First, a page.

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Being A Night Owl Is Genetic, Research Says

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Night owls may be able to claim that their tendencies are hard-wired in their genes.

Scientists at the Laboratory of Genetics at The Rockefeller University found that a mutation in a gene called CRY1 was shared by people who had delayed sleep phase disorder (DSPD), Huffington Post reports. This means that the circadian clock runs behind the usual time, so those affected by the condition wake up and go to bed later than usual.

The researchers examined 70 people from six families, and also discovered that this mutation was not present in members of the same families who did not experience DSPD. Lab experiments showed that this gene may also play a big role in how the circadian clock works.

Alina Patke, lead author on the study and research associate at the Laboratory of Genetics, says this is the first genetic mutation found to have a link to DSPD.

Patke explains,

Carriers of the mutation have longer days than the planet gives them, so they are essentially playing catch-up for their entire lives.

The circadian clock, or body clock, dictates when people feel tired, sleep, awaken, or feel hungry. Most people run on a 24-hour clock, but around 10% of those with DSPD are wired to follow an internal clock that has a longer loop.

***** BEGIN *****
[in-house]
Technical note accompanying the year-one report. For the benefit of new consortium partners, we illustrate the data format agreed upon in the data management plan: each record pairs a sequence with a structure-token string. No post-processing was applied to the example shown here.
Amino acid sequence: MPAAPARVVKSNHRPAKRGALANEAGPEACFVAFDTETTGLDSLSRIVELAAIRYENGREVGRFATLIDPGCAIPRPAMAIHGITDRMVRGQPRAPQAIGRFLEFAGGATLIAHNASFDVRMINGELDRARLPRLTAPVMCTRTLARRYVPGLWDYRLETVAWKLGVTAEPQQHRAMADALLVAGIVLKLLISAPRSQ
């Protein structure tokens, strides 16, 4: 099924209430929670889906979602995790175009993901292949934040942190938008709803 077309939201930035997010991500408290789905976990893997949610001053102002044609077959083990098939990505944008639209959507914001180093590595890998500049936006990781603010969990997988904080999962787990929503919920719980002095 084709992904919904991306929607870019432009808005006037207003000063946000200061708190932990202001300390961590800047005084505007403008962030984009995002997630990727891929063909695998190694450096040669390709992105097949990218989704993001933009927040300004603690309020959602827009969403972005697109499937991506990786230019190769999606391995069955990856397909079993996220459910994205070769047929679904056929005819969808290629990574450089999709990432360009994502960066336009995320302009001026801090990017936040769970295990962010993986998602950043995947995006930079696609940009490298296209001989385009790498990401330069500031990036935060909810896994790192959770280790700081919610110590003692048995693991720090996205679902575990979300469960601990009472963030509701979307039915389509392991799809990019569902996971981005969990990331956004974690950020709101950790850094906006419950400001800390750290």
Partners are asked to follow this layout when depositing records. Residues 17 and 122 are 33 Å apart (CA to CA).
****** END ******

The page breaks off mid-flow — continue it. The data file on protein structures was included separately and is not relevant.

Patke says, “A person like a bartender, for example, might not experience any problem with the delayed sleep cycle. But someone like a surgeon who has to be in the OR in the early morning – that’s not compatible.”

The researchers first came across the mutation seven years ago, when an American woman came into the clinic because of her long history of struggling with a late sleep cycle.

The woman was placed in an apartment for two week, isolated from normal time cues such as windows or a television. The researchers then analyzed her sleep patterns and found that she settled into an internal rhythm that was around one hour longer than the usual 24 hours.

Upon sequencing the woman’s genes, Patke’s team identified the CRY1 mutation, and confirmed its effect on DSPD.

Patke adds, “Understanding how the rhythms are controlled opens the door to eventually manipulating them with drugs.” This could help night owls align their circadian rhythms to normal sleep patterns, and could even help address jet lag in the future.

The study was published in the journal Cell.

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